Posts Tagged ‘compartmentalization’

So we talked today in therapy about the loss of connection I’ve been experiencing with my emotions.  If you remember in my last post Icky Sticky Feelings, I was talking about how to sit with your feelings.  reading back I guess I never really completed my thoughts on that.  I AM indeed trying to sit with those feelings and it’s true that I want to lessen the burden of my insiders, but it seems in this endeavor I’ve managed to shut down my emotions completely  instead.  I am in a state of non-feeling.  That is aside from the anxiety I’ve been feeling about a volunteering opportunity that’s come up.

This means that yes, there are words of the day.  Compartmentalization and containment.  We followed the trail of breadcrumbs, my therapist and I .  It turns out the non-feeling is my way of working the skills I’ve been trying to learn.  Emotion regulation, check…  no emotion at all.  Distress tolerance, check…  no emotion at all.

I’m not doing this consciously mind you.  It also has to do with the phase of treatment I’m in.  We aren’t dealing with yucky trauma stuff right now.  Not until we can be reasonably sure I have a grasp of grounding skills.  Things like staying in the moment, being present within myself and also being able to tolerate intense emotion.

This is where the containment conundrum comes in to play.  If I practice feeling a little more intensity than what I can currently tolerate I slip away and an insider takes over for me.  which ok, hey I’m used to that.  But with most of my insiders comes trauma content and very intense emotions.  Flooding, a bunch of past events rushing to the surface, they start to spill over into everything.  It’s not a pretty sight or a comfortable place to be.  So in essence I’ve compartmentalized each emotion into a different insider.  Shitty job they have right?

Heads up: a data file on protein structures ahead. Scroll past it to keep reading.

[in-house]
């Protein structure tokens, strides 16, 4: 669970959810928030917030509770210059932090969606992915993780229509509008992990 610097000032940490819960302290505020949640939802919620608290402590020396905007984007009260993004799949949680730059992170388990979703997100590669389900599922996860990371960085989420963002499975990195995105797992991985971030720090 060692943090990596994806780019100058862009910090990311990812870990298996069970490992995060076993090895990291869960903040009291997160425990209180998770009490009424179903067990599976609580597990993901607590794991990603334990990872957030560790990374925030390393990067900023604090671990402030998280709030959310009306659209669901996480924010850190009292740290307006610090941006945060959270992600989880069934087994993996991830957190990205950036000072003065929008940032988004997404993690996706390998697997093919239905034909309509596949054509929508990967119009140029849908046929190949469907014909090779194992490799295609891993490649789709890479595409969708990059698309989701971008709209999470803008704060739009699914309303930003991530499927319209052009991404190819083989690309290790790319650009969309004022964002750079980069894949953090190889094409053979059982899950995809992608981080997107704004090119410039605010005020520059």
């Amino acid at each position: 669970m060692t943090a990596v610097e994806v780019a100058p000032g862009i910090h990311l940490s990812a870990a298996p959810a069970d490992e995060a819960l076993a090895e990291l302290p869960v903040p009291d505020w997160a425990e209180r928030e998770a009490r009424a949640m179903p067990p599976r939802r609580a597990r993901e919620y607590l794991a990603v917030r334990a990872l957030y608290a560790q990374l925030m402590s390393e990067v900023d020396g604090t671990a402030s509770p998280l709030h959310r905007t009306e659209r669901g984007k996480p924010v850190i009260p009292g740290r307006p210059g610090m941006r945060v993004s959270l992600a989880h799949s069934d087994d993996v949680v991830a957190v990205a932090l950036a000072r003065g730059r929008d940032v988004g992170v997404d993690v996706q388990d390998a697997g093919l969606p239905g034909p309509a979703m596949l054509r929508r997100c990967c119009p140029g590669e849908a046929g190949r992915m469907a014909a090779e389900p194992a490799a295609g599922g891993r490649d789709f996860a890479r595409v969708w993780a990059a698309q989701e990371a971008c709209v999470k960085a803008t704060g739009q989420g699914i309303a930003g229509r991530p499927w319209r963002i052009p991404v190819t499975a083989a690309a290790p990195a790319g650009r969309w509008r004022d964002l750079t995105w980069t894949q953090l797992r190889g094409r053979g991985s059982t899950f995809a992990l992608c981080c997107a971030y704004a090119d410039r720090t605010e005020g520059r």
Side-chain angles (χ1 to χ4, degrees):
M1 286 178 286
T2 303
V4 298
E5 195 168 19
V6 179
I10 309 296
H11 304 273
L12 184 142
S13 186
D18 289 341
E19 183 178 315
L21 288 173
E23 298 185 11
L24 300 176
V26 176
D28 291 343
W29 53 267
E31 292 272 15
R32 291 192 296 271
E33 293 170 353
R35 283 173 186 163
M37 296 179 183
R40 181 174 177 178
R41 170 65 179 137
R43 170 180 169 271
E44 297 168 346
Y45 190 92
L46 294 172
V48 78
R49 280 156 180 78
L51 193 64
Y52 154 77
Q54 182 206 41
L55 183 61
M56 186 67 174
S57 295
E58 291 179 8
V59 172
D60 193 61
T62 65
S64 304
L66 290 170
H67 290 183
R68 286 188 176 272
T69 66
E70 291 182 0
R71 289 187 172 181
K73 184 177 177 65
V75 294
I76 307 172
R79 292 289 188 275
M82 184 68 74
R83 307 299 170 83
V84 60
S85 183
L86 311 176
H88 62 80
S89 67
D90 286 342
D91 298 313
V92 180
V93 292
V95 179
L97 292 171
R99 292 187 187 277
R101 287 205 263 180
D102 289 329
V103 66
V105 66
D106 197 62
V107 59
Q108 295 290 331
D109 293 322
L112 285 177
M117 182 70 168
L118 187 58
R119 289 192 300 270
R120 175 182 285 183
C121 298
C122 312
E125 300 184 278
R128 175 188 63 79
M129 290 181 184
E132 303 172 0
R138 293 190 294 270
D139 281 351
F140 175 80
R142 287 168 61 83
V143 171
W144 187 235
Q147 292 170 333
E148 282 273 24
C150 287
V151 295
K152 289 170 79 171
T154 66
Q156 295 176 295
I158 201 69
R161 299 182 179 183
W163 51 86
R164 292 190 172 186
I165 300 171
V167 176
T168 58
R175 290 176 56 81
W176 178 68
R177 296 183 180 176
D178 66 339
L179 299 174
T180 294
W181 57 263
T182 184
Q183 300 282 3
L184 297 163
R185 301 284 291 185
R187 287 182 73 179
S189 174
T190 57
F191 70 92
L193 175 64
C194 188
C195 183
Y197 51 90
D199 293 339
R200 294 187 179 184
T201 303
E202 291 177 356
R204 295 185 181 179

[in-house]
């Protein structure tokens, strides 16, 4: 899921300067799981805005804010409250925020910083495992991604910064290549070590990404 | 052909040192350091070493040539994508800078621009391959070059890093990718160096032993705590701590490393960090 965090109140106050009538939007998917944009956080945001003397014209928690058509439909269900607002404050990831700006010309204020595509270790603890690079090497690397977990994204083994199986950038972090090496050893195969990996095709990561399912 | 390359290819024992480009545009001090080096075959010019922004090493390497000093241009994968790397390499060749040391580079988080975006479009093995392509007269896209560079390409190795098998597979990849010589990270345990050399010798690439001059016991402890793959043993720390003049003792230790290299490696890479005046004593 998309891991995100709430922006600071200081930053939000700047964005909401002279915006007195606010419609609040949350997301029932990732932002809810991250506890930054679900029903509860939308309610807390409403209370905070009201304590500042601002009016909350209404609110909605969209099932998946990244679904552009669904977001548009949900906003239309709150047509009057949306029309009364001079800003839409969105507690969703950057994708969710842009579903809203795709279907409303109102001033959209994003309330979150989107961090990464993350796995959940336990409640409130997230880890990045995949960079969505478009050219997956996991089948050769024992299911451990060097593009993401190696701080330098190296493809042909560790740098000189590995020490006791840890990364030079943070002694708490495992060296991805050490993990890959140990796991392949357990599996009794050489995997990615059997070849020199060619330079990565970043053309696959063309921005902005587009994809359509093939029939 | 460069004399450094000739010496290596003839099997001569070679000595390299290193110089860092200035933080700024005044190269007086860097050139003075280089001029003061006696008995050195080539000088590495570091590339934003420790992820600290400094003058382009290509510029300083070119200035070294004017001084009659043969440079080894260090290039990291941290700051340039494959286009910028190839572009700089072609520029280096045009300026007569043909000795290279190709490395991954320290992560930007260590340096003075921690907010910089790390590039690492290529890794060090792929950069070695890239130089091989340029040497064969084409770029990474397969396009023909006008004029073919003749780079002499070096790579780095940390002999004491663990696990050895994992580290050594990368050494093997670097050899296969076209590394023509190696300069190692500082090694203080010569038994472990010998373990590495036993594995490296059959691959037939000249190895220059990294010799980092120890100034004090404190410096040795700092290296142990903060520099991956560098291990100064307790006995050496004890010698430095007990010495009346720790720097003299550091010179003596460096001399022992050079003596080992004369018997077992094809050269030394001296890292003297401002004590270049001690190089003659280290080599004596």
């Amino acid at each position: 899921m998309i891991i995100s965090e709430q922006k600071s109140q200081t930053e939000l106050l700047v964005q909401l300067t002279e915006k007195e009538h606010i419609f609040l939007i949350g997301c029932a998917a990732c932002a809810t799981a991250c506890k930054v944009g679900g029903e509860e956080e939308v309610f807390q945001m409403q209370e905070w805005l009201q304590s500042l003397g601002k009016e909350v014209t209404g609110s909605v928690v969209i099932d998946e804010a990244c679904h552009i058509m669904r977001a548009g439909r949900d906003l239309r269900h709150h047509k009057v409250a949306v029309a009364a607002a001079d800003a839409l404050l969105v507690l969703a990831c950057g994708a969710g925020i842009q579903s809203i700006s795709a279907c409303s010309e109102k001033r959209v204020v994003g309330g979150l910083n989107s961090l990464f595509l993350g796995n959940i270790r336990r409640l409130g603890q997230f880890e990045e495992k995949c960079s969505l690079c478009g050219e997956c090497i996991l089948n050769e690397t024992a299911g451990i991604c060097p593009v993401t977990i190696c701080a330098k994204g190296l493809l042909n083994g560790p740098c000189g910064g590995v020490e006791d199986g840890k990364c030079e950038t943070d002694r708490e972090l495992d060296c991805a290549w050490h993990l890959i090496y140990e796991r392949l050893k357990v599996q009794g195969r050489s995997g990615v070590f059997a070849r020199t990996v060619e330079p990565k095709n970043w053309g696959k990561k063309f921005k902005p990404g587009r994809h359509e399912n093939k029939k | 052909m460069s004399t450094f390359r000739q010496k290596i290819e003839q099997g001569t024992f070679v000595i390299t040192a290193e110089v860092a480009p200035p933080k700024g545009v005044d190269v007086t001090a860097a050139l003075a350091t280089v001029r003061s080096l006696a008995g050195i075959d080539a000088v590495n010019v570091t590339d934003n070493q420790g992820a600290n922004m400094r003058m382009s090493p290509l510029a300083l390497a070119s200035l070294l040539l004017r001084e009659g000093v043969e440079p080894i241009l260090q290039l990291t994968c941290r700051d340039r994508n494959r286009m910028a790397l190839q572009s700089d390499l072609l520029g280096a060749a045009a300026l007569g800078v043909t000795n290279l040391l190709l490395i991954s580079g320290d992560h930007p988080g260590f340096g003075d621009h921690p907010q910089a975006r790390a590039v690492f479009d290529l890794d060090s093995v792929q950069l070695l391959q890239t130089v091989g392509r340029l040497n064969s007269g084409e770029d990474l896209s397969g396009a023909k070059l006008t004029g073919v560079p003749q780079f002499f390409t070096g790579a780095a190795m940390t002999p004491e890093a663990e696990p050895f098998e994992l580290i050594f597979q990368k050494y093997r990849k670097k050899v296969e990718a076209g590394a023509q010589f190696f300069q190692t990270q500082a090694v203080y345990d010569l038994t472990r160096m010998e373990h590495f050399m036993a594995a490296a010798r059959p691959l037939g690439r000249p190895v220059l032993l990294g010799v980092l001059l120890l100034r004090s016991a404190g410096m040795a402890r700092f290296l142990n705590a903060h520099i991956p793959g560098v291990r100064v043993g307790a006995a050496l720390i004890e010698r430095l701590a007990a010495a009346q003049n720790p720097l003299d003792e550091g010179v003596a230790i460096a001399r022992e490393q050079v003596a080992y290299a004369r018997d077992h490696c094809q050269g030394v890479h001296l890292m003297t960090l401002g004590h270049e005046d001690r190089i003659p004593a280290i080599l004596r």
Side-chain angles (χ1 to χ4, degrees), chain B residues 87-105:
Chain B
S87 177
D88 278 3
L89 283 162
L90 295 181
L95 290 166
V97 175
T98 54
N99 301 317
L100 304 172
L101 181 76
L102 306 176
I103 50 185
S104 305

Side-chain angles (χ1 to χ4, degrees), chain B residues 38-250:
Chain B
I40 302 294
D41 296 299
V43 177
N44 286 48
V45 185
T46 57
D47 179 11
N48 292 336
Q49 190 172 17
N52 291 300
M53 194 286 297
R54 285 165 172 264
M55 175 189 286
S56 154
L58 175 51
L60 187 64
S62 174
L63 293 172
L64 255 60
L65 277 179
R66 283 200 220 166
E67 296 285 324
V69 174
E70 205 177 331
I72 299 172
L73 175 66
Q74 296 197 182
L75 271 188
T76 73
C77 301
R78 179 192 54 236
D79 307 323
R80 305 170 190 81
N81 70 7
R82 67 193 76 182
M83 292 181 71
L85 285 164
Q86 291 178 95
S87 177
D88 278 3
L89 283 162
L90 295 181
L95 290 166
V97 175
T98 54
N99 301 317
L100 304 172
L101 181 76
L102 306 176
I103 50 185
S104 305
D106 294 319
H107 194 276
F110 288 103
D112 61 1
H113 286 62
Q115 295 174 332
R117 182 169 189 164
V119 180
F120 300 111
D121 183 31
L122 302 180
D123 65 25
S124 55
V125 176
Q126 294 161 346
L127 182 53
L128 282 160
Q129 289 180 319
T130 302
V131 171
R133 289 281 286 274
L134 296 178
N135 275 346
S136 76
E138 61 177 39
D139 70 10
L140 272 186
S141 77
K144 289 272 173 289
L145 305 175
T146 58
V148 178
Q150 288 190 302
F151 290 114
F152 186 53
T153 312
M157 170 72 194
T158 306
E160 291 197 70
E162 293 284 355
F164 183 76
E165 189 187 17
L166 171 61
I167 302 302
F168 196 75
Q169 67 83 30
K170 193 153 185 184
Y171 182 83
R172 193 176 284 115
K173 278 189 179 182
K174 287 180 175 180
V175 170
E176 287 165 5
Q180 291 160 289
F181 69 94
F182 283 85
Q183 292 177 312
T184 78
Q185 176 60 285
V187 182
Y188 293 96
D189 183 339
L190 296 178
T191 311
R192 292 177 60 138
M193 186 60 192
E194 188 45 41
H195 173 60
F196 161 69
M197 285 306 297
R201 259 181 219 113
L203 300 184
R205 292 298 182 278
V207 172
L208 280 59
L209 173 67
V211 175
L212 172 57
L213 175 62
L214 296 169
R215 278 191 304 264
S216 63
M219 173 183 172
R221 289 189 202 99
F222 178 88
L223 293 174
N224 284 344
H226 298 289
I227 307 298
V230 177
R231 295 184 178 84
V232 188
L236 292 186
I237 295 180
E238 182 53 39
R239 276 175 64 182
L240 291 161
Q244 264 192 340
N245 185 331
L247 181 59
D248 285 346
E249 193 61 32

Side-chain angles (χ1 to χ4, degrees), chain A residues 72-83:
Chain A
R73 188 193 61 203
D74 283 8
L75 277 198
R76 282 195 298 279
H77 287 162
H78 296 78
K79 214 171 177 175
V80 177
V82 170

In the back of my mind I carry around this containment field that automatically switches into action any time I reach my tolerance level.  So how does one practice feeling a little more, a little more, a little more when the switch is not under your control?  Any ideas on that would be great.

The whole thing becomes an inescapable loop.  Feel–>Switch–>Trauma–>Shut Down.  Maybe it’s not so much a loop as it is a squiggly line.  Unless, of course, the containment field is somehow breached so that the feeling comes roaring back, then it does become a loop. Ugh!

Coincidentally on a final note for the night, we went through a list of feelings I can tolerate and how much of each.  Anxiety is something I tolerate quite well.  Which yuck! Why would I choose that one to be MY job?

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